But isn't it erroneous to assume that the higher strata are better equipped to handle problems like domestic violence? Lakshmy disagrees. “The lower strata don’t have anyone to tell them that they are wrong. That class needs help. There is so much immaturity in the class that they mishandle things. I have to tell them that they are wrong,” she opines. 

But there’s another question of expertise. Mediation is best done by a person armed with a law or a psychology degree. How is Lakshmy qualified to mediate? “This is something any citizen who loves their country can do. Why do I need a law degree? I have a large family, I empathise with their problems,” she says, adding, “I react like a grandmother would. I will say what is best for that situation. I will say what they are doing is wrong."

But isn’t that the exact thing a katta panchayat does? “I am not a judge or jury, I always tell them look at me like an aunt. I am mediating like a person in your family. Did I say put Nagappan in jail? I told the mother to go to police, to go to the juvenile board. I told her to throw him out of the house. There was a woman who told me she murdered her husband. Did I put her in jail? We handed her over to the police. Where am I a judge or jury?" she counters.  

In 2012, Lakshmi had made the movie called 'Arohanam', that dealt sensitively with a woman who suffered from bi-polar disorder.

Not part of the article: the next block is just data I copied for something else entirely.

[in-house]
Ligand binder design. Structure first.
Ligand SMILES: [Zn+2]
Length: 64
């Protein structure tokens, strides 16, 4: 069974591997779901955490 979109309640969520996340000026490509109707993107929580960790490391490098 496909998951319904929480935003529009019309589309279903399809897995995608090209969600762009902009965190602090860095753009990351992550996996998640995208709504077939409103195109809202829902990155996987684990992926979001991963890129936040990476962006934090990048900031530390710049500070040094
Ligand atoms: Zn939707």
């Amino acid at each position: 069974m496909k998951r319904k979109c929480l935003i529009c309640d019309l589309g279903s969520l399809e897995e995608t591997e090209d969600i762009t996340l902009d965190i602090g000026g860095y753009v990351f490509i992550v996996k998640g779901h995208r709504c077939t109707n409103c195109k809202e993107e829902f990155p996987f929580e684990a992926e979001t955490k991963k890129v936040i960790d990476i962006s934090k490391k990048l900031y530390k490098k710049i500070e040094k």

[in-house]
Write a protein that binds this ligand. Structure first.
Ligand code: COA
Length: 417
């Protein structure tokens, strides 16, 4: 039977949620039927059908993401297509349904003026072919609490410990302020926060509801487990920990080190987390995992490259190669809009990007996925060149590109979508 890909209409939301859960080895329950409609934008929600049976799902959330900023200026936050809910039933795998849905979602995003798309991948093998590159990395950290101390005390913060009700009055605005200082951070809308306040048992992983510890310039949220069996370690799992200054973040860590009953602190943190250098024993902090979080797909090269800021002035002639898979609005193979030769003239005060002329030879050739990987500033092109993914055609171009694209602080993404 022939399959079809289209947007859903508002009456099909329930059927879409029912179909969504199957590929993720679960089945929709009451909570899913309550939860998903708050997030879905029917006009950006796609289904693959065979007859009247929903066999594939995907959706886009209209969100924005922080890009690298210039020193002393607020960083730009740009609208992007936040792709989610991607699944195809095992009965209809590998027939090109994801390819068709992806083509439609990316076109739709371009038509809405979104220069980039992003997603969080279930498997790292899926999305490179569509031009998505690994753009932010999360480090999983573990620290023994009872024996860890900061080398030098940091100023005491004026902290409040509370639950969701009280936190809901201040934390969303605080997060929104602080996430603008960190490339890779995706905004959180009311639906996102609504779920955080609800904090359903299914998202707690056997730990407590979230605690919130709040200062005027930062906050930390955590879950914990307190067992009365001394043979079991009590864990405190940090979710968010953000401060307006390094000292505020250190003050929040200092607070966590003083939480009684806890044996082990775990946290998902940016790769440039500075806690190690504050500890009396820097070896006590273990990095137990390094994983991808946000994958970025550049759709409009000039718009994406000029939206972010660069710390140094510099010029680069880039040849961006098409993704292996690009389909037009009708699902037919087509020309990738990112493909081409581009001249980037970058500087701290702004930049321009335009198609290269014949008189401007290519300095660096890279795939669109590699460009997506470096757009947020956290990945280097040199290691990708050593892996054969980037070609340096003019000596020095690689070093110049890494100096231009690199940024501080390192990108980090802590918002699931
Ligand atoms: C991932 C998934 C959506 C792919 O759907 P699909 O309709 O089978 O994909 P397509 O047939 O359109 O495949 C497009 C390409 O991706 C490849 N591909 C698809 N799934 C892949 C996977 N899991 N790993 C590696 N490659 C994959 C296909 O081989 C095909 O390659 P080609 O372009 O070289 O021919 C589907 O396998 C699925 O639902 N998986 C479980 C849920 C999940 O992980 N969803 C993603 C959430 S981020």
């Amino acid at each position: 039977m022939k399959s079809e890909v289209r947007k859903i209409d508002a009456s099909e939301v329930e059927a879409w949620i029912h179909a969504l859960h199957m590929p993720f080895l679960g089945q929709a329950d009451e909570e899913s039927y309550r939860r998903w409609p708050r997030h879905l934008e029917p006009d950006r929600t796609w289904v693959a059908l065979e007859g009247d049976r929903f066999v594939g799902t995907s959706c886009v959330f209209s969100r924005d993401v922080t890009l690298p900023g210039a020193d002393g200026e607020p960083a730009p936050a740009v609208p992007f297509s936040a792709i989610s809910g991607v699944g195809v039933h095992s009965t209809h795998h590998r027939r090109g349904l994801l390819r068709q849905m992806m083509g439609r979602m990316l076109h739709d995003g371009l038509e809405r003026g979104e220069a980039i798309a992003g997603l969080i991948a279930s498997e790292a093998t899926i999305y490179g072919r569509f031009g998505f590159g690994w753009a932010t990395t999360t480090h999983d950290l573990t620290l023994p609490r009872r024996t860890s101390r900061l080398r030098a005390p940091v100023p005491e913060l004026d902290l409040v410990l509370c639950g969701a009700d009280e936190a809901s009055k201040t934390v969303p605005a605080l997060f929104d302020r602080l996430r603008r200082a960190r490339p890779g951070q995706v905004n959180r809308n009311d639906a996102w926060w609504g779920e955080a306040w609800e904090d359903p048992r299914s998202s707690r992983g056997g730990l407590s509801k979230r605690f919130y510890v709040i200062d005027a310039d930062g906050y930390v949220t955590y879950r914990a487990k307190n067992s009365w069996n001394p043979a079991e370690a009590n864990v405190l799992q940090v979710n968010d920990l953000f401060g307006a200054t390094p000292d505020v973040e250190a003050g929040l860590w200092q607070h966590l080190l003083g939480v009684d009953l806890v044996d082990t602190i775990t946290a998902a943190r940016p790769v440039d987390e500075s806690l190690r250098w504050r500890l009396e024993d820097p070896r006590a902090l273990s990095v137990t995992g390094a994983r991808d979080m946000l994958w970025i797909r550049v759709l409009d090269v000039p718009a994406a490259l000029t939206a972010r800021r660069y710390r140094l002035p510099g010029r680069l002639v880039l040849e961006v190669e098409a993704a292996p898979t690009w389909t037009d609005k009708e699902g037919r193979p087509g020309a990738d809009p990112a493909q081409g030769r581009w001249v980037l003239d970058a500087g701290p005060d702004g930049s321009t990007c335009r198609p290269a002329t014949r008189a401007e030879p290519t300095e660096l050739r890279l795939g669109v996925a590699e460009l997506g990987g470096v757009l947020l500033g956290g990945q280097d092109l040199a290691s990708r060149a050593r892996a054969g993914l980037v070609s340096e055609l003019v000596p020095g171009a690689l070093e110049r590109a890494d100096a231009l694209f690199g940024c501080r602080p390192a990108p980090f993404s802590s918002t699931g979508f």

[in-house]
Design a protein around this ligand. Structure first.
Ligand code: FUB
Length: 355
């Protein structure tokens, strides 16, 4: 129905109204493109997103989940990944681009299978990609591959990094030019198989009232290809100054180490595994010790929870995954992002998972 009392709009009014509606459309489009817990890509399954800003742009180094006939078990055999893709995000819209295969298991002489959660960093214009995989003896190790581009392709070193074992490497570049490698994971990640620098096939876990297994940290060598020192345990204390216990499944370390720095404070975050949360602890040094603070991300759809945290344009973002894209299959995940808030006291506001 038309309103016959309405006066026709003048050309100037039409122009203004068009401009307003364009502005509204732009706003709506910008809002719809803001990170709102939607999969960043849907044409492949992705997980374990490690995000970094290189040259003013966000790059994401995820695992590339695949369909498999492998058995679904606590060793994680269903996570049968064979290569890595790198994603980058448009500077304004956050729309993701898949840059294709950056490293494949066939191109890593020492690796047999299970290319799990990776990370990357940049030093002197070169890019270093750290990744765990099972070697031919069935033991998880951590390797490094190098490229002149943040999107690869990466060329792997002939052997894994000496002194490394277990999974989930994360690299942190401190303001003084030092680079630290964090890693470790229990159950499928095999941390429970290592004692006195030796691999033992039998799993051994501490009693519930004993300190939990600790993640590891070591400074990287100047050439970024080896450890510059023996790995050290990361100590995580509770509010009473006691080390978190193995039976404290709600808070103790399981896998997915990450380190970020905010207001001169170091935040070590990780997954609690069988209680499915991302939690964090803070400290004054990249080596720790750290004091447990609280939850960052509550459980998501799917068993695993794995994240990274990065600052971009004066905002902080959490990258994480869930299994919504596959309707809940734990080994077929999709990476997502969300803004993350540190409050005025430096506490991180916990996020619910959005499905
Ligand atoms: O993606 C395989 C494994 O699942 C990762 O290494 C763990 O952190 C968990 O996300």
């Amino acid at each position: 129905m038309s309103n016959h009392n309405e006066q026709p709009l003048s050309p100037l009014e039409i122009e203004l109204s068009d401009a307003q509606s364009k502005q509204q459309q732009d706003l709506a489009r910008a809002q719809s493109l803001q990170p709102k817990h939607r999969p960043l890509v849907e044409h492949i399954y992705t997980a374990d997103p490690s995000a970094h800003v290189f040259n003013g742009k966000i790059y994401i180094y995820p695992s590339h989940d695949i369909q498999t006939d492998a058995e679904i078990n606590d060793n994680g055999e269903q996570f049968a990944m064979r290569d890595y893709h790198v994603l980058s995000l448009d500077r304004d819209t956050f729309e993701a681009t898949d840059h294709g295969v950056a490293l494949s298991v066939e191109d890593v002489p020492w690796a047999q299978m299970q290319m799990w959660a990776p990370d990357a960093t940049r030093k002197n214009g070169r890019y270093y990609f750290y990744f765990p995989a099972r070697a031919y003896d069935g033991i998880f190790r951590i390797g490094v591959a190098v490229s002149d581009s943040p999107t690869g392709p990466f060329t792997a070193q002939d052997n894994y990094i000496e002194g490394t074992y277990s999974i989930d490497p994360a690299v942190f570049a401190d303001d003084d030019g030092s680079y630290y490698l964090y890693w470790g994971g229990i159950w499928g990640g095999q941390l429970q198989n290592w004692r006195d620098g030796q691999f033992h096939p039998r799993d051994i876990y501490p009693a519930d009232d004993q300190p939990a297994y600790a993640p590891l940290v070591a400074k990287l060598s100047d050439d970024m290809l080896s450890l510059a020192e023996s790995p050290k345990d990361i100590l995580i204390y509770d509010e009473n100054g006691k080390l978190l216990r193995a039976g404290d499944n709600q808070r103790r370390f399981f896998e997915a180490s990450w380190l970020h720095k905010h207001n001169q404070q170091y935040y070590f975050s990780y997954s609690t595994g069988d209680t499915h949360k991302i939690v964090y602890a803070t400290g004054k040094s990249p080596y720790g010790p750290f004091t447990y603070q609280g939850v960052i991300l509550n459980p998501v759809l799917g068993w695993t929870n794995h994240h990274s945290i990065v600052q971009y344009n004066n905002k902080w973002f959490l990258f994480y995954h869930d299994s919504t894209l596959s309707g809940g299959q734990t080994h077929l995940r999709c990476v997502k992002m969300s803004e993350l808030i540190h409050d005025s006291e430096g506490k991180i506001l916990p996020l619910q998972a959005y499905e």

Lakshmy says that there are many success stories.  She quotes the case of Shanthi Roselin, the mother of a girl who died under mysterious circumstances, two years ago as an example. A parish priest was allegedly behind her death. The rapist came under the police scanner after the mother appeared on the show. In another instance, dead bodies were found in the backyard of a house after a person’s confession on her show.

But do these successes validate other possible failures? And are there no grey areas?

Lakshmy’s view: “I only see the intention. If someone comes with the intention of humiliation, we decline. If you are going to sit here and talk to me, let there be a positive outcome. Infidelity is wrong, it is a moral truth. It is an ethical truth. It is purely wrong. We have a set of societal ethics, and mostly there are no grey areas as far as I think. Why he does what he does is not important, how it affects his wife is important."

Editor's note: This is an updated version of the interview. The earlier version had certain inferences which were not correct. We regret the error.